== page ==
AERA in SA: Why Fiesta de San Antonio Offers Educational Researchers More Than “Puro Party”

By: Vanessa A. Sansone, The University of Texas at San Antonio

For many education scholars, the month of April means one thing – AERA Annual Meeting. But for the city of San Antonio, where AERA’s 2017 meeting is being held, the month of April is synonymous with the 11-day celebration that is Fiesta de San Antonio. And as it turns out, this year’s conference will overlap with Fiesta. As a native of San Antonio, I cannot help but think of how the intersection between both major events offers AERA attendees with valuable insights beyond what they will gain from attending sessions. This is because Fiesta allows for attendees to experience the cultural richness that is embedded within San Antonio’s multi-ethnic community, and at the same time gain a deeper understanding about cultural-assets, which can enhance educational research on underrepresented student groups. Allow me to explain how I came to this point.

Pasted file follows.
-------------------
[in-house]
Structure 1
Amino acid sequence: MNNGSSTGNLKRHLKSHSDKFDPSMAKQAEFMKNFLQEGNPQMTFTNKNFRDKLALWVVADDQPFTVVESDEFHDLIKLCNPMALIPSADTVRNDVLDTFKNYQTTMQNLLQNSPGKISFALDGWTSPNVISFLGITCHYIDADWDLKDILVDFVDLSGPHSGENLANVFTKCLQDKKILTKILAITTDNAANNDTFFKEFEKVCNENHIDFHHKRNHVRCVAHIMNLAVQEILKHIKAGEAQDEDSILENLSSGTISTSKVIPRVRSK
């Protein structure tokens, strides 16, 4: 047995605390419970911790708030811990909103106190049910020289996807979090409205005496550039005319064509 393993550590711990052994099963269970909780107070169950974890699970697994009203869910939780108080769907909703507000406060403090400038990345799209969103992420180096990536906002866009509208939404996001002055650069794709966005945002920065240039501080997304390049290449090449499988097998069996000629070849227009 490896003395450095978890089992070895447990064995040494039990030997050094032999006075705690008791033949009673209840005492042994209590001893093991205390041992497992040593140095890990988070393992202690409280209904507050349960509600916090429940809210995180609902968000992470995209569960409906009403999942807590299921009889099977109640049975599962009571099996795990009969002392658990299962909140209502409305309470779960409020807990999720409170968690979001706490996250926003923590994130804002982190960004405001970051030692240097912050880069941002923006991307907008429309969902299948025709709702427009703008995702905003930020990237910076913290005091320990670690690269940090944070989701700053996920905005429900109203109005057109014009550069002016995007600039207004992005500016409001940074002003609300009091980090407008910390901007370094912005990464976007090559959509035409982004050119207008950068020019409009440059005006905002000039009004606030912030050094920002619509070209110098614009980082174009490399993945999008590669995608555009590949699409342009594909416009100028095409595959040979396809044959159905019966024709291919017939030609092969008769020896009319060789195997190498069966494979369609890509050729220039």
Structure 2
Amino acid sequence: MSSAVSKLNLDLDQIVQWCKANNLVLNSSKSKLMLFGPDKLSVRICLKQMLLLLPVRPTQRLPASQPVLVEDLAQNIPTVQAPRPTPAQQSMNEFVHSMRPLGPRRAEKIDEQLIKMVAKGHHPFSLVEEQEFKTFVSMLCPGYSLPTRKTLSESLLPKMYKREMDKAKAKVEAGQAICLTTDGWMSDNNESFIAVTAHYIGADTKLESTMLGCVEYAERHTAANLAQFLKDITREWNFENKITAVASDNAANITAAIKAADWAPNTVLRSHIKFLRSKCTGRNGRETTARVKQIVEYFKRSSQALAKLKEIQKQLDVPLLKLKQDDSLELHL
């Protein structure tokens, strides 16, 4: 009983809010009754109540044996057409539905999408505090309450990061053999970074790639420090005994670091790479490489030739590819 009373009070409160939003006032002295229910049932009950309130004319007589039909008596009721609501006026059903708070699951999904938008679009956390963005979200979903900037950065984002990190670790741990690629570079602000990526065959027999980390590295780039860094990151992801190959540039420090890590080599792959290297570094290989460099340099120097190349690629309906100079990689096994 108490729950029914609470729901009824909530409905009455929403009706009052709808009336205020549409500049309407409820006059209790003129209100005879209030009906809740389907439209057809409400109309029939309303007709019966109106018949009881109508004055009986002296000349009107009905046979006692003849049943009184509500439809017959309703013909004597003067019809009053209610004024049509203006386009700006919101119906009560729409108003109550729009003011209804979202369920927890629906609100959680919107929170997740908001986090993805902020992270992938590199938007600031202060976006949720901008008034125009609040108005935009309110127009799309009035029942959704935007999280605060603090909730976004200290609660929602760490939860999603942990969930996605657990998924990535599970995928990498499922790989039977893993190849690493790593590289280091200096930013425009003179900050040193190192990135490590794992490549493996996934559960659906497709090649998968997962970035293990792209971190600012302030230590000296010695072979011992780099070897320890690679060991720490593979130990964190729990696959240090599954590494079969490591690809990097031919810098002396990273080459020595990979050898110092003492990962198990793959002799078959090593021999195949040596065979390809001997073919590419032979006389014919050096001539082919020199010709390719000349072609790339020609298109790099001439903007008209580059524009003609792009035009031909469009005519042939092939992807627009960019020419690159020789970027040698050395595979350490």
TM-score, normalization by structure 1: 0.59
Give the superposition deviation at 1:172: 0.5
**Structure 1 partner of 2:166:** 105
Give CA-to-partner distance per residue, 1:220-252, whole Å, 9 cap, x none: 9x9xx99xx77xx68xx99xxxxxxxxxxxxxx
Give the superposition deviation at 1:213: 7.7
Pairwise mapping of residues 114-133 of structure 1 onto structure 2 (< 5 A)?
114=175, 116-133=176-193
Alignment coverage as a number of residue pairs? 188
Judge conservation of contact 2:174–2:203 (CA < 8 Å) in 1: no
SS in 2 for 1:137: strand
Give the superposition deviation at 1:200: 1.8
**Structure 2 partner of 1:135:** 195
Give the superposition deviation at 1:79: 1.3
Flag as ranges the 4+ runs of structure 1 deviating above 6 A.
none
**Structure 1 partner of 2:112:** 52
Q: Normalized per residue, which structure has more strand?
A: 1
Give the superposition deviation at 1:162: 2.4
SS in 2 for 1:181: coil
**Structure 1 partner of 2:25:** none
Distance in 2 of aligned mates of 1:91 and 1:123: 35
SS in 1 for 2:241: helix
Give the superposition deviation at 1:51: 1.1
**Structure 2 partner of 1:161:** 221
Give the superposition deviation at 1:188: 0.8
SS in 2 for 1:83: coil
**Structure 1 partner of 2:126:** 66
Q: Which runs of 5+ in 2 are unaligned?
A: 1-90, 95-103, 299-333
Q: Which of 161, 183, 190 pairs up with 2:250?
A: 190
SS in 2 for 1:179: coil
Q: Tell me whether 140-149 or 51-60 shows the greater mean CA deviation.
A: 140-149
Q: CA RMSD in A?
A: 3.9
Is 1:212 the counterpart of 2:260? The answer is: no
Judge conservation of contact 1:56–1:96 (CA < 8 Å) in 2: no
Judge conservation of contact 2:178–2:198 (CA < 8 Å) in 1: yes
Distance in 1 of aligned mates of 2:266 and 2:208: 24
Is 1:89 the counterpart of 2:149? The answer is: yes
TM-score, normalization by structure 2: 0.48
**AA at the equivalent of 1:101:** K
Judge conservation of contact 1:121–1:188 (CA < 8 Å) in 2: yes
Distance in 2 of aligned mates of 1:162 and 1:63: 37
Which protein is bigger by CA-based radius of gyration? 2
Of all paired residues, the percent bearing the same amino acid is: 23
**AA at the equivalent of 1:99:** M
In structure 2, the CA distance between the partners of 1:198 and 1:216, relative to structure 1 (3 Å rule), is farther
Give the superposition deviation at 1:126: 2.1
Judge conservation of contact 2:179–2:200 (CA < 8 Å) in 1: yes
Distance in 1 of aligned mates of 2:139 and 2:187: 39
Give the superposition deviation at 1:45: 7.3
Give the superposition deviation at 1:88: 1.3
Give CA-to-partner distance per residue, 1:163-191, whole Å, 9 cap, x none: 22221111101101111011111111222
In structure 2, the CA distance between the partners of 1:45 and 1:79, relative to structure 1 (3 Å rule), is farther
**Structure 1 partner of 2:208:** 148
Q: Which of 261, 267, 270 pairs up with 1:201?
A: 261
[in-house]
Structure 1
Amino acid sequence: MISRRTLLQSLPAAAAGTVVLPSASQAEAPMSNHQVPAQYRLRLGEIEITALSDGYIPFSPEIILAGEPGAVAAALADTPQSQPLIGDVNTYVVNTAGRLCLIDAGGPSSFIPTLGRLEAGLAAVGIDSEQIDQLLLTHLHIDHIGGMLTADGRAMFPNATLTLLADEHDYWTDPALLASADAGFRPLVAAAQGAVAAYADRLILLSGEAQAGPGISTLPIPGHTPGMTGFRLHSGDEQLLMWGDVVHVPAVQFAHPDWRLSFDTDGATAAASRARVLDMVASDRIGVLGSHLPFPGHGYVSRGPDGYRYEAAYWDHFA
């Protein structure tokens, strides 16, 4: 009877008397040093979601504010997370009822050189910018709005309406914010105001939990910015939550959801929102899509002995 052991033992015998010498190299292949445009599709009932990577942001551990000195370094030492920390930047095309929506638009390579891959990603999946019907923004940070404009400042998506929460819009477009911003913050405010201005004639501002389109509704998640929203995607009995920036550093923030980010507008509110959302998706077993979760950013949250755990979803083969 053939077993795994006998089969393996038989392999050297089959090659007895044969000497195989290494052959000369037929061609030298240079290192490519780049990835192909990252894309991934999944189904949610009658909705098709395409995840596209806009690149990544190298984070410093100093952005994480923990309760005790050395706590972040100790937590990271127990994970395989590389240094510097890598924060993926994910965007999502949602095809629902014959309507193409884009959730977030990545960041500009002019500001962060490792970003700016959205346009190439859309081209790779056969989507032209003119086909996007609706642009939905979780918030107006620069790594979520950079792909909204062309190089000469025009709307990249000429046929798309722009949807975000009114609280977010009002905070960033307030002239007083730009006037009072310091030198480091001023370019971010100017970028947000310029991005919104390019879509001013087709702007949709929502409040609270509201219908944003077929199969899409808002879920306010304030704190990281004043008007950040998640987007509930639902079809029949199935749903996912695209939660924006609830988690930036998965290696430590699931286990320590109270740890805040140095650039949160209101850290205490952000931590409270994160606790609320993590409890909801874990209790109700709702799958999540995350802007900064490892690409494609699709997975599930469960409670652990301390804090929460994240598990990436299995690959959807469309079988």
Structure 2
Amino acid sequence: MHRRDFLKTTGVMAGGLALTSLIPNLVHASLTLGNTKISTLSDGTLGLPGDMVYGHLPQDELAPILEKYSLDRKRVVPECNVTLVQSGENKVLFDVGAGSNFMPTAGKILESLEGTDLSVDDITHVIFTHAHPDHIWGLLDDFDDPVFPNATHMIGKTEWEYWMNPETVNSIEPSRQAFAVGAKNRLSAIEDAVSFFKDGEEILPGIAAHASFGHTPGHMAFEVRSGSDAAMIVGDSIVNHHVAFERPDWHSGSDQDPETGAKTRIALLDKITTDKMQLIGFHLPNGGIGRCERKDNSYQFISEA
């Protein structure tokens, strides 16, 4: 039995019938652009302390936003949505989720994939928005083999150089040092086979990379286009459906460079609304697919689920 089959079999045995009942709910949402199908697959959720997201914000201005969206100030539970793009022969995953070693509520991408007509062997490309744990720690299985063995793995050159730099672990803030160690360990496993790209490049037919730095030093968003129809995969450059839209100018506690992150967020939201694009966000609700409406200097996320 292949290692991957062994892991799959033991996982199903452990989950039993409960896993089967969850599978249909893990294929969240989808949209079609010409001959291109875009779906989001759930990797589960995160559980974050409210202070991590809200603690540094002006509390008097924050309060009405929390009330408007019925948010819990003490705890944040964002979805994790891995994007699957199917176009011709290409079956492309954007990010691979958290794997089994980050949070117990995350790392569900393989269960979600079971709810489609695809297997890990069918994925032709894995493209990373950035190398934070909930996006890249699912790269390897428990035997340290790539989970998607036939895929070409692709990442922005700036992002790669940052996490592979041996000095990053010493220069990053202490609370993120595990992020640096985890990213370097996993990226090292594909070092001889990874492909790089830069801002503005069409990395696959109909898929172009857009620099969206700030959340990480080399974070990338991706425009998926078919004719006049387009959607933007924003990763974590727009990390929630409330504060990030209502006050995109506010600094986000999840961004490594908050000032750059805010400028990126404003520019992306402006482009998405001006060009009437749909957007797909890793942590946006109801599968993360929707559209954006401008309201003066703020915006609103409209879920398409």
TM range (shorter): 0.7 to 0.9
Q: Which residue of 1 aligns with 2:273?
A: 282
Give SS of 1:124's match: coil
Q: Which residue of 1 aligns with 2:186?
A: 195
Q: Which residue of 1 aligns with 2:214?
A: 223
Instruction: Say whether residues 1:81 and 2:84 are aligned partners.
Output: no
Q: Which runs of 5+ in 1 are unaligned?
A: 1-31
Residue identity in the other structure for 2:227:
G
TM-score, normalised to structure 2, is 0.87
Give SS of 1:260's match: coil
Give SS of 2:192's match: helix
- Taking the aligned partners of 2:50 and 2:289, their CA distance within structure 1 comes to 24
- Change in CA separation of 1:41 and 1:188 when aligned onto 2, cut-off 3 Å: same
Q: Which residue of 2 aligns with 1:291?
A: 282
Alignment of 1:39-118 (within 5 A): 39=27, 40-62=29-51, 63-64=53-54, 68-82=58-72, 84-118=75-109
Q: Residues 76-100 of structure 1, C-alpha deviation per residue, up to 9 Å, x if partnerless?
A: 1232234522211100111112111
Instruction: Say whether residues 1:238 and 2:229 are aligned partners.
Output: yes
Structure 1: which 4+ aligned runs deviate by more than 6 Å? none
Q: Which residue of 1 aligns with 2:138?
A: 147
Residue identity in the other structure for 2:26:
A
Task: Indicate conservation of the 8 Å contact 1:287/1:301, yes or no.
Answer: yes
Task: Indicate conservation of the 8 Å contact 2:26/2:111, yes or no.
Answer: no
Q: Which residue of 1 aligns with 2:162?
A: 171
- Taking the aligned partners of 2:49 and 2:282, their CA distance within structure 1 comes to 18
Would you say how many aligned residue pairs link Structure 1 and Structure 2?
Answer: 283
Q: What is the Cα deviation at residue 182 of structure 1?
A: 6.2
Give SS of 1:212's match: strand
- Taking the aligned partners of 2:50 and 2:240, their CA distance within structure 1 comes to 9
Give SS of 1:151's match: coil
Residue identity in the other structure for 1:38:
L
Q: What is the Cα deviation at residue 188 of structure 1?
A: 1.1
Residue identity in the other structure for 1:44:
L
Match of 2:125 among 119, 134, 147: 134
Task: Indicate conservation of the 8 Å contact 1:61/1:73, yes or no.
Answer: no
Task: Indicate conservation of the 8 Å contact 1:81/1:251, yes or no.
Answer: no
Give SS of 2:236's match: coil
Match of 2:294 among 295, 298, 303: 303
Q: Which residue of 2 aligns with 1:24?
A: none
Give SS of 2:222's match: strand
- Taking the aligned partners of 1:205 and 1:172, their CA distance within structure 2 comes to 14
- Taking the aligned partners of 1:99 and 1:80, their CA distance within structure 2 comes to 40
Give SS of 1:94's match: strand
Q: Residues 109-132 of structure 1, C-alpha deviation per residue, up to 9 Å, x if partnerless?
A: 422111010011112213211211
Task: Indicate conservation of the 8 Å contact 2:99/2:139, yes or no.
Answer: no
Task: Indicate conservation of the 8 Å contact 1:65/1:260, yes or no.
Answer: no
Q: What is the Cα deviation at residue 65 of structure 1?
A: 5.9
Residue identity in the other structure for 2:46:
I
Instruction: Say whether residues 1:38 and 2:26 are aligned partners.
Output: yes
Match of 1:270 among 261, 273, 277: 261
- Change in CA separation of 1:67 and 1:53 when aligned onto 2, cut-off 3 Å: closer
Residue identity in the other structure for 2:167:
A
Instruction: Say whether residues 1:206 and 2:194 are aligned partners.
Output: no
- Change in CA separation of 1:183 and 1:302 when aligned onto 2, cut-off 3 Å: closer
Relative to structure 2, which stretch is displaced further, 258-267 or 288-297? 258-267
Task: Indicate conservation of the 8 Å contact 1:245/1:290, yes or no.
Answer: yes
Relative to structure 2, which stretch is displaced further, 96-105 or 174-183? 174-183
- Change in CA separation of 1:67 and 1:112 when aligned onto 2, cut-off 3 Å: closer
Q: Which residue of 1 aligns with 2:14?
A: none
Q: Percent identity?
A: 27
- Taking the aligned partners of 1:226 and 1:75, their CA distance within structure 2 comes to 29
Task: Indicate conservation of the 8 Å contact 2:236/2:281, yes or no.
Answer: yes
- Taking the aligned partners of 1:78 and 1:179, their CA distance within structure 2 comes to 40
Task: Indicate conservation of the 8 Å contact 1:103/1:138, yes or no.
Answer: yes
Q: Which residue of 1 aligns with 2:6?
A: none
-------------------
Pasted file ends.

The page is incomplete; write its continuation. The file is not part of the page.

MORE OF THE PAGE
So, what exactly is Fiesta? Well, to put it quite simply the word Fiesta translated into English means party. But it is more than just a typical party for the city of San Antonio. In fact, this is a much-beloved time where community members take a moment to celebrate our distinct culture, heritage, and history. And it is our history that is interwoven with aspects of colonialism (e.g. the Six Flags over Texas, which include Spain, Mexico, France, the Republic of Texas, the Confederacy, and the United States), patriarchy, racism, and classism (Ehrisman, 2003). Like any growing city, modern-day San Antonio still has its issues that stem from these historical roots, especially in relation to education. But throughout history Fiesta has been used as an event that enables the city’s marginalized groups to push back against these “-isms”, and demonstrate as well as highlight their cultural assets that reflect the heart and beauty of the San Antonio community at-large (Ehrisman, 2003).